‘Read the room’: Qantas chairman urged to resign
The association was not swayed by Goyder’s evidence to a Senate committee that he retained the backing of the embattled airline’s biggest owners and insisted it needs new executives.
“This inability to read the room when government, the media, the business community, investors and the public are calling for change, is concerning, and it will hamper any efforts by Qantas to revive its flagging reputation,” the association’s CEO Rachel Waterhouse said in a statement.
“It is clear from our members that he does not have the support of the retail investors who own 10 per cent of the company.”
Appearing at the Senate committee hearing on bilateral air service agreements on Wednesday, Goyder insisted he had the backing of 14 of the airline’s 20 biggest shareholders.
The committee’s inquiry is probing the government’s decision to deny Qatar Airways extra flights into Australia, with Goyder and Qantas CEO Vanessa Hudson quizzed on what involvement the airline had in that call.
It comes after a series of blows to Qantas’ reputation including a High Court ruling the carrier had illegally sacked almost 1700 workers during the COVID-19 pandemic, and the consumer watchdog launching Federal Court action alleging it sold customers tickets on flights it had already cancelled.
The Australian and International Pilots Association on Thursday announced pilots at a Qantas subsidiary in Western Australia would strike for a full day next week amid enterprise agreement negotiations.
The pilots association declined to comment on Goyder’s evidence, outside of stating it had done nothing to change their belief his position was no longer tenable.
Also on Thursday, coalition senators announced former CEO Alan Joyce will be summoned to appear at the inquiry upon his return to Australia, and even threatened to try and jail him if he fails to comply.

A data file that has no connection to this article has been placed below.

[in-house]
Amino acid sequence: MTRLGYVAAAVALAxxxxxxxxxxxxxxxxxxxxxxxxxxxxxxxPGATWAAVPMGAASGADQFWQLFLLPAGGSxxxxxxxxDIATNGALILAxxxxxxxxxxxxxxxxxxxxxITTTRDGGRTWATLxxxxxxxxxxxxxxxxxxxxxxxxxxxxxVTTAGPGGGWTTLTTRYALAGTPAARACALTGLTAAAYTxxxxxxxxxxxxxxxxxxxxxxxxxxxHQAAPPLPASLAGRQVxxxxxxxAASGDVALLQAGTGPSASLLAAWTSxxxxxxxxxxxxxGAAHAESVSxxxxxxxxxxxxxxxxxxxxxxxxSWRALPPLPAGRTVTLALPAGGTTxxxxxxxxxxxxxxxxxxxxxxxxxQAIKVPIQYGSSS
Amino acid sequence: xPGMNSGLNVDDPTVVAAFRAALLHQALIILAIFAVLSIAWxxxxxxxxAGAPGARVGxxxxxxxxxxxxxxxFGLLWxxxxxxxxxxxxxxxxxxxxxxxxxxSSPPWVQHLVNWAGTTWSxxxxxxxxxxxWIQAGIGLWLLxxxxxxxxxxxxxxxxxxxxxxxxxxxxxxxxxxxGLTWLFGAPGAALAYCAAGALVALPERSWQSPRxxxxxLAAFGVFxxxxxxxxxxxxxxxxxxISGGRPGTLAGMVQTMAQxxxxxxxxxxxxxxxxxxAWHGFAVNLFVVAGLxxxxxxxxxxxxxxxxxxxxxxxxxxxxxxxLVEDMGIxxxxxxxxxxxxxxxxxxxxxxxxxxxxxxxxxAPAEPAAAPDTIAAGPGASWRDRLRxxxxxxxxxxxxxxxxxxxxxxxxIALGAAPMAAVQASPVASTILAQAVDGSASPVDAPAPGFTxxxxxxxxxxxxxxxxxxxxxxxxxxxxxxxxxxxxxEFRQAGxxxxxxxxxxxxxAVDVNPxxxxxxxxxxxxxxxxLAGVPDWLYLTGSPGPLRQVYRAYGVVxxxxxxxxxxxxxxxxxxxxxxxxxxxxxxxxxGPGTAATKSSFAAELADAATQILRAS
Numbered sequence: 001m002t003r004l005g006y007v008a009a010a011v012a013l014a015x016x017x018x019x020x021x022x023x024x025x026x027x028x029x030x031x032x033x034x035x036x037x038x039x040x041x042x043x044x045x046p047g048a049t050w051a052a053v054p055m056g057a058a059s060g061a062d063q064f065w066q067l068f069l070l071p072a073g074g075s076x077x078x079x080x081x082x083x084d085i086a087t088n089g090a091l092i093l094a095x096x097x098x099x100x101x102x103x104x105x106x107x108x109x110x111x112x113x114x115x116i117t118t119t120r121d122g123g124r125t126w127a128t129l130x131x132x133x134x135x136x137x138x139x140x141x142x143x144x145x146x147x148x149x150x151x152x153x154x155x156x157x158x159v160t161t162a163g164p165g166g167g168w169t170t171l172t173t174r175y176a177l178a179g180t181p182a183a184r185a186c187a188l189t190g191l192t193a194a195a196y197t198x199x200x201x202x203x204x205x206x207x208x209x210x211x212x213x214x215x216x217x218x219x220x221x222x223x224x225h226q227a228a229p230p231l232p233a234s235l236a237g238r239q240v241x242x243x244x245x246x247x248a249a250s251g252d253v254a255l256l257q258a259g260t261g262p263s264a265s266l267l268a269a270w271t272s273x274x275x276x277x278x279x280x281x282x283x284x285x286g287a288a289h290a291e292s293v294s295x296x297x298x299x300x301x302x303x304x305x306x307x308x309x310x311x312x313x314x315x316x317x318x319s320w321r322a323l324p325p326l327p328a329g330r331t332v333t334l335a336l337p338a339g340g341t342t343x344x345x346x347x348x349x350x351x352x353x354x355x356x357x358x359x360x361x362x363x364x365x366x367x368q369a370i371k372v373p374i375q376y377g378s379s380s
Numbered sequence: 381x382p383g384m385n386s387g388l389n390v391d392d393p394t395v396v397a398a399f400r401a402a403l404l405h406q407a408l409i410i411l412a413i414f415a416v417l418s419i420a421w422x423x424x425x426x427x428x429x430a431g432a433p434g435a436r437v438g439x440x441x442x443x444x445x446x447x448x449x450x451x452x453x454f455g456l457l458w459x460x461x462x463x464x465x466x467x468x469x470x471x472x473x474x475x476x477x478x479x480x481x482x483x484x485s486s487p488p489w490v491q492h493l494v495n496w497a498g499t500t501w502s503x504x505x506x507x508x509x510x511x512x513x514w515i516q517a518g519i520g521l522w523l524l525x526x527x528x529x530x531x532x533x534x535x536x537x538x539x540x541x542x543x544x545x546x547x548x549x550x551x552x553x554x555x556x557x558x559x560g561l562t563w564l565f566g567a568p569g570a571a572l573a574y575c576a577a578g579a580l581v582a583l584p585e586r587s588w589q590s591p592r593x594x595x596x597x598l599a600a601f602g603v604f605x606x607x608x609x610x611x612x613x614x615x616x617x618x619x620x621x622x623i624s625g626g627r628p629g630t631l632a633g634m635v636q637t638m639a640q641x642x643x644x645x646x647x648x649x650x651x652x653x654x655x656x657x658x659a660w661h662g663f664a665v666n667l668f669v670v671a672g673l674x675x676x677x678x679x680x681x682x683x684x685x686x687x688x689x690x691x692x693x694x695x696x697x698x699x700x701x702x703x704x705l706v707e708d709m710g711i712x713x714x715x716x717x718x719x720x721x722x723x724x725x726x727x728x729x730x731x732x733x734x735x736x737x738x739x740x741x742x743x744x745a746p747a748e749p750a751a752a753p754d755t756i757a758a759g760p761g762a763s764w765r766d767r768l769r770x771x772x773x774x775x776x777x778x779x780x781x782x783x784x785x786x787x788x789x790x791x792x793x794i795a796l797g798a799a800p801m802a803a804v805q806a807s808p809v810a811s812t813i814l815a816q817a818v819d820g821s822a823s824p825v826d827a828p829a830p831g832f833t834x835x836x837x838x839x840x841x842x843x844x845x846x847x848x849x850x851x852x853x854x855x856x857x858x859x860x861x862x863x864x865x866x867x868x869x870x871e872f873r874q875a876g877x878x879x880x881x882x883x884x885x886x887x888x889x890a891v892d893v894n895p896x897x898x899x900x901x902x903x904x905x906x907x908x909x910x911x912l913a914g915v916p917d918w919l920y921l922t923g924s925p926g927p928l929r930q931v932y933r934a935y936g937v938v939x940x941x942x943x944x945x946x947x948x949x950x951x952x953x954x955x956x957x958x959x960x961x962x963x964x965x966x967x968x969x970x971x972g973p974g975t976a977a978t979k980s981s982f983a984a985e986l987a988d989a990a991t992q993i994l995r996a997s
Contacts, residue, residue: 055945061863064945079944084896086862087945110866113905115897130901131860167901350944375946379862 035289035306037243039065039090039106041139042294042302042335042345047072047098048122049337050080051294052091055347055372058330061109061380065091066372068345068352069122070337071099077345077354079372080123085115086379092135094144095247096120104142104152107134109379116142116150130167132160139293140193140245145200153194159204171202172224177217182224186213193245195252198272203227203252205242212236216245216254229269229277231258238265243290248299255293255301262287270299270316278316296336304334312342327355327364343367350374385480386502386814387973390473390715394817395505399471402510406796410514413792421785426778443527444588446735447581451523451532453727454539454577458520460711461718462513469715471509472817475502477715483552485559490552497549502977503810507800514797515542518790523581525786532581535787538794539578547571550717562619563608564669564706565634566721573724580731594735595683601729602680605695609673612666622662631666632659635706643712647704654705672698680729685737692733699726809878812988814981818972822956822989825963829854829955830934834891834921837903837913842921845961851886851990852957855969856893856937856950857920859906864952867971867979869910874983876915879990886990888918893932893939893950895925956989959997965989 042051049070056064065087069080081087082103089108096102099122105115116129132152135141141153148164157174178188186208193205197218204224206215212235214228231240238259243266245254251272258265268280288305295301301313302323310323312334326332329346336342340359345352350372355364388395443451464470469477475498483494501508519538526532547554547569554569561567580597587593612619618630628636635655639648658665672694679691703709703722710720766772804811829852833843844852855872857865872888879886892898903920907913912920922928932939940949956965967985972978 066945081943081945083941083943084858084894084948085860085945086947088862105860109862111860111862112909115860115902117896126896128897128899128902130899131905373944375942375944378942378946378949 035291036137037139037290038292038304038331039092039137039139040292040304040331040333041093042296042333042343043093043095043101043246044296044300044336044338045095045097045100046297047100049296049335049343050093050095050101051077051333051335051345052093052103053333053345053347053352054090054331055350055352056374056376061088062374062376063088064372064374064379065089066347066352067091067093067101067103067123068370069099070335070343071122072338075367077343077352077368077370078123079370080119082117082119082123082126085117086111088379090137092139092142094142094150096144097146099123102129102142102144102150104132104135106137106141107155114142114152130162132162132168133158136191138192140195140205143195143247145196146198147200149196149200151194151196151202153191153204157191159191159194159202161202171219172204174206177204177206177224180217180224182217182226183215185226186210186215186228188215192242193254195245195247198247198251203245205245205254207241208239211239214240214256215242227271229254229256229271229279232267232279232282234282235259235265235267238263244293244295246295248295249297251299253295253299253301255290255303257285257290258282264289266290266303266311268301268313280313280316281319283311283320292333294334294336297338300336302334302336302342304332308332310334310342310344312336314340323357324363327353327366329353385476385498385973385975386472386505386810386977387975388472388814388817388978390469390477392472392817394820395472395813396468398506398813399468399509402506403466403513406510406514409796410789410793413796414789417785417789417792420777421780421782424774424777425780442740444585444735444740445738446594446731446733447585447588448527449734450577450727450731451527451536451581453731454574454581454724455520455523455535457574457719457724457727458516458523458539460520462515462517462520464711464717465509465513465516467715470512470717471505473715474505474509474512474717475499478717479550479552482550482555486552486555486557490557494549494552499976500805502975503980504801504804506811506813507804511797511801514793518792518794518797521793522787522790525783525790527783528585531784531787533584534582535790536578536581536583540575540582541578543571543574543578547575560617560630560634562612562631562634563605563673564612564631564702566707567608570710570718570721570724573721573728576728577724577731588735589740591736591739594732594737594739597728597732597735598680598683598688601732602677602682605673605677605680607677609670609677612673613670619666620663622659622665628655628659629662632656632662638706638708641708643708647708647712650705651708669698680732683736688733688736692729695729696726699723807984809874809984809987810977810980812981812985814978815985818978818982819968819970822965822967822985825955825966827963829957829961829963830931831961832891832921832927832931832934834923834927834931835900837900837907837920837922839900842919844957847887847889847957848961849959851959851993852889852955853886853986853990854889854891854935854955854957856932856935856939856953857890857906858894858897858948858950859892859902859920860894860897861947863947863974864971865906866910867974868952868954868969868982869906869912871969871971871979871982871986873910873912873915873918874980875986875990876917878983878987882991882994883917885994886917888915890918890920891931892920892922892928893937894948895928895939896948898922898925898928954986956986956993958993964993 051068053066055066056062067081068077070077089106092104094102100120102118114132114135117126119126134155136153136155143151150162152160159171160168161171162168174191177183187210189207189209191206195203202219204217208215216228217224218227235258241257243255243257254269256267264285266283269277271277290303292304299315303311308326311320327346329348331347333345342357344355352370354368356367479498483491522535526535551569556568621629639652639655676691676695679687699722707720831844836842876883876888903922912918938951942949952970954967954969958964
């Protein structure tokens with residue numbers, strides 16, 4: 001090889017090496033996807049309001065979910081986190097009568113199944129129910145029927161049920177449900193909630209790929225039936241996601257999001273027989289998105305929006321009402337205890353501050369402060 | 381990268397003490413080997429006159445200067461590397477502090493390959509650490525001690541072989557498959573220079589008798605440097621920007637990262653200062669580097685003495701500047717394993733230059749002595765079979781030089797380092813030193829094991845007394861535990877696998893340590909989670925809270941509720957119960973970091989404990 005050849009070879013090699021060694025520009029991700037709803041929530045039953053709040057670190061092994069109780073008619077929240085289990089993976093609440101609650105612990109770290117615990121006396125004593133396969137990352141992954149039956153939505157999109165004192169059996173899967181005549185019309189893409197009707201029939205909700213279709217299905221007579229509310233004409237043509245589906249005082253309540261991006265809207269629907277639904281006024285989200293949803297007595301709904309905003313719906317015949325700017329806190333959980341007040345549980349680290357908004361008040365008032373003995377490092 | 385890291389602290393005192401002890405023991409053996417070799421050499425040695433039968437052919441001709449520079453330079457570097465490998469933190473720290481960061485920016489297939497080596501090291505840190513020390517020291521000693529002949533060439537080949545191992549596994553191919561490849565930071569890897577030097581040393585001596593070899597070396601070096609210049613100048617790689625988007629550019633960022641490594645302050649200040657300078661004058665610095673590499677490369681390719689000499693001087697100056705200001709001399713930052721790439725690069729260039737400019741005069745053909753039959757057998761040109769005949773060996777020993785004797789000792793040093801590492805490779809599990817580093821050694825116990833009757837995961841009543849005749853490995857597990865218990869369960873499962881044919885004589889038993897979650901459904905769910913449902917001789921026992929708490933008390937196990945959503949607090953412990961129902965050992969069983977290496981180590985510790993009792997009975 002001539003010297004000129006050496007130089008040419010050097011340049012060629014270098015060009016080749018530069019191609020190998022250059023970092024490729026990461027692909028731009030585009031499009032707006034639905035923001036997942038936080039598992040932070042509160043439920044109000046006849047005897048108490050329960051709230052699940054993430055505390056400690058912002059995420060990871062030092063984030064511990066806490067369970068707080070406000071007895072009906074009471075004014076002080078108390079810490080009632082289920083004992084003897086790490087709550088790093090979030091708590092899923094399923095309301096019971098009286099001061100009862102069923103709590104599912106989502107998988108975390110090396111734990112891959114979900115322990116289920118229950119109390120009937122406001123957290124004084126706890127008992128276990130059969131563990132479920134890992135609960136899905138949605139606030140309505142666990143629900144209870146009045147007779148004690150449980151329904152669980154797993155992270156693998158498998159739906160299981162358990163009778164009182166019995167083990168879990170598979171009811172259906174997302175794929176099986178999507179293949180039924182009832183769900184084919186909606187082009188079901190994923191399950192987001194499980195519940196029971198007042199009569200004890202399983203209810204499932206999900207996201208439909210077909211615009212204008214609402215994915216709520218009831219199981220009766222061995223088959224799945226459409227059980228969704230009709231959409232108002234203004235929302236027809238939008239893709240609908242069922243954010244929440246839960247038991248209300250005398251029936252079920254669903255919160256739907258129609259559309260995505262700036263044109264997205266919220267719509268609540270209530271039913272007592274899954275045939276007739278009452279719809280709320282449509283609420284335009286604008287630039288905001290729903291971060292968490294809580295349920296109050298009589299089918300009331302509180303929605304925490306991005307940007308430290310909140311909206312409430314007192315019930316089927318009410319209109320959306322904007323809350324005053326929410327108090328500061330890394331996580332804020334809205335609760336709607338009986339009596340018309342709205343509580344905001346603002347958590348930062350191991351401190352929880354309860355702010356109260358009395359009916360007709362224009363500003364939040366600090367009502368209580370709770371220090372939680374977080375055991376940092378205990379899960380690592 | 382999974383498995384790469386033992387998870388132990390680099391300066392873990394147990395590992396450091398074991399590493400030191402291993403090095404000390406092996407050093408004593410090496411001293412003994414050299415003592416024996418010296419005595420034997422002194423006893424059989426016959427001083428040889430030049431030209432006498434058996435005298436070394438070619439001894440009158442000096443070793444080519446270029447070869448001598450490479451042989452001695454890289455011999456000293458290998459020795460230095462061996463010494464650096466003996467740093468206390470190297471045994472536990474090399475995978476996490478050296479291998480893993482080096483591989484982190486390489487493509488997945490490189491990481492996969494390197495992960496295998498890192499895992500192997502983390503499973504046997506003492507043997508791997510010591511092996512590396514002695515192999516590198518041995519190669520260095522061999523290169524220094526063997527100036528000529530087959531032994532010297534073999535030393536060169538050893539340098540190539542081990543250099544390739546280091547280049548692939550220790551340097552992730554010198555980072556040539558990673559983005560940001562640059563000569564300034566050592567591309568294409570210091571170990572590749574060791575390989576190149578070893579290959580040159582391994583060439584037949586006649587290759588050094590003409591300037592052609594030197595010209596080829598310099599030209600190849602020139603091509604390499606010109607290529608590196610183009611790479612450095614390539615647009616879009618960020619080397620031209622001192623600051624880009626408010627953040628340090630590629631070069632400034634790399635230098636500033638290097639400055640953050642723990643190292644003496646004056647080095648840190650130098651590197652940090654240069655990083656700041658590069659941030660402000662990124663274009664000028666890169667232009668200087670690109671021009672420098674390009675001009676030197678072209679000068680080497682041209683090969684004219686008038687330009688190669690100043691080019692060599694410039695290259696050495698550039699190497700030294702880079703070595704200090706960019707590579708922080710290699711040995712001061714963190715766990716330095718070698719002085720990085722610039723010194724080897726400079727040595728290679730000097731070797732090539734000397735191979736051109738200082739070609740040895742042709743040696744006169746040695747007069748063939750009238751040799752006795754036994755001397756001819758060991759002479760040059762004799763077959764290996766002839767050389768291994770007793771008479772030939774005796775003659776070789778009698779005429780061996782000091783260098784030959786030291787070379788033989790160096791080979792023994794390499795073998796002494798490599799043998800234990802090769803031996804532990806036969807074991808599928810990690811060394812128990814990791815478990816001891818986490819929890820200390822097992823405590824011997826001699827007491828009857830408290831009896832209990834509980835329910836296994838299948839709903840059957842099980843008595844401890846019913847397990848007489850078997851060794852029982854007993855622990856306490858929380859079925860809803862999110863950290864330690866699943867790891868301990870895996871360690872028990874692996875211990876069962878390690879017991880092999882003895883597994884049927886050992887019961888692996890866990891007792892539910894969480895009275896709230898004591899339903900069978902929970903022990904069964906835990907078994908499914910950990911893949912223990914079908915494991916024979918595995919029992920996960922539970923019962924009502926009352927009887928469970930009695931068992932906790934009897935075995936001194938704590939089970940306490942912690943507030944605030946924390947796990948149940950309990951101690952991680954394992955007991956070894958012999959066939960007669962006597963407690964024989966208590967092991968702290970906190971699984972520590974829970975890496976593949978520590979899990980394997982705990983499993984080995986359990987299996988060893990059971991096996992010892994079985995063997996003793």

Earlier this month Qantas announced Joyce was leaving the company, two months earlier than expected, to “help the company accelerate its renewal”.
The prospect of jail time was met with a degree of incredulity, but Liberal senator James Paterson insisted it was no empty threat.
“It’s a very serious (threat) and one which the Senate and its committees must be prepared to follow through on, because otherwise witnesses who are required to appear before the Senate will just choose not to comply in the future,” he said .
“It is incredibly important … he gives evidence because only he is in possession of some of the information required to get to the bottom of this issue.”
As hearings wrapped up on Thursday, Foreign Minister Penny Wong formally declined to hand documents relating to the Qatar decision to the inquiry.
It had been heard Transport Minister Catherine King had consulted Senator Wong over the application this year.
“Documents found to potentially be within the scope of the order would prejudice Australia’s international relations,” her statement read.
“Disclosure of such documents would not be in the public interest as it would harm Australia’s ability to negotiate international agreements between governments by undermining the trust and confidence in which such agreements are negotiated.”
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